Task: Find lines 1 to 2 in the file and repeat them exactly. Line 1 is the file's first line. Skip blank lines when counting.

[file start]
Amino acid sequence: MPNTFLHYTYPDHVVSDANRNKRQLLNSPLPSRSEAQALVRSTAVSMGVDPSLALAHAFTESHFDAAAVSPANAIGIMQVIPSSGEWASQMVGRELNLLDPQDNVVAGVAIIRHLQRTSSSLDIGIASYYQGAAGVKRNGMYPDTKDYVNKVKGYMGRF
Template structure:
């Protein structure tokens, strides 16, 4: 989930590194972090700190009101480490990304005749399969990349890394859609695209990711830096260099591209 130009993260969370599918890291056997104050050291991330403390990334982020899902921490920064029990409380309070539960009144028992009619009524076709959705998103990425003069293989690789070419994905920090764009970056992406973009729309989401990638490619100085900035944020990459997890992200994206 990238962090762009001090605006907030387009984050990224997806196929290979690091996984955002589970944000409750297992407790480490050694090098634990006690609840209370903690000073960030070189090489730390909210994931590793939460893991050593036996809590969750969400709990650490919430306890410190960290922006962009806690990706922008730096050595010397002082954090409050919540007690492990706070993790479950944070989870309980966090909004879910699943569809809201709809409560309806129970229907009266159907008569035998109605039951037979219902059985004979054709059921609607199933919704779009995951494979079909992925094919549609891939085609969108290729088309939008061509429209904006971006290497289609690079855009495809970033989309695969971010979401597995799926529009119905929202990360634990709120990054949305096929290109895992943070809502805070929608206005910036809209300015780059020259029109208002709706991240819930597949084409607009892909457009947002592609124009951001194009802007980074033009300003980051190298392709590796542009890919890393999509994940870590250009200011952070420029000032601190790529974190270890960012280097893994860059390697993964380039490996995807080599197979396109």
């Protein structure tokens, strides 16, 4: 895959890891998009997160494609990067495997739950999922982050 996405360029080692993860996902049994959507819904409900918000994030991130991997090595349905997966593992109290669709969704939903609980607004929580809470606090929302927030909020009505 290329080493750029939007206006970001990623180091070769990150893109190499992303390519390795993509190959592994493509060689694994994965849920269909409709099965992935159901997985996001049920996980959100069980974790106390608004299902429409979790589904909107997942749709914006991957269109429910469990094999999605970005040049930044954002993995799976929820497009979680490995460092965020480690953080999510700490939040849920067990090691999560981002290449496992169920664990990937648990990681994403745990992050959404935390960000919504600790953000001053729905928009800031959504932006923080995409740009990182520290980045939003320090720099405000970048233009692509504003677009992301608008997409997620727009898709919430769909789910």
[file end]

Amino acid sequence: MPNTFLHYTYPDHVVSDANRNKRQLLNSPLPSRSEAQALVRSTAVSMGVDPSLALAHAFTESHFDAAAVSPANAIGIMQVIPSSGEWASQMVGRELNLLDPQDNVVAGVAIIRHLQRTSSSLDIGIASYYQGAAGVKRNGMYPDTKDYVNKVKGYMGRF
Template structure: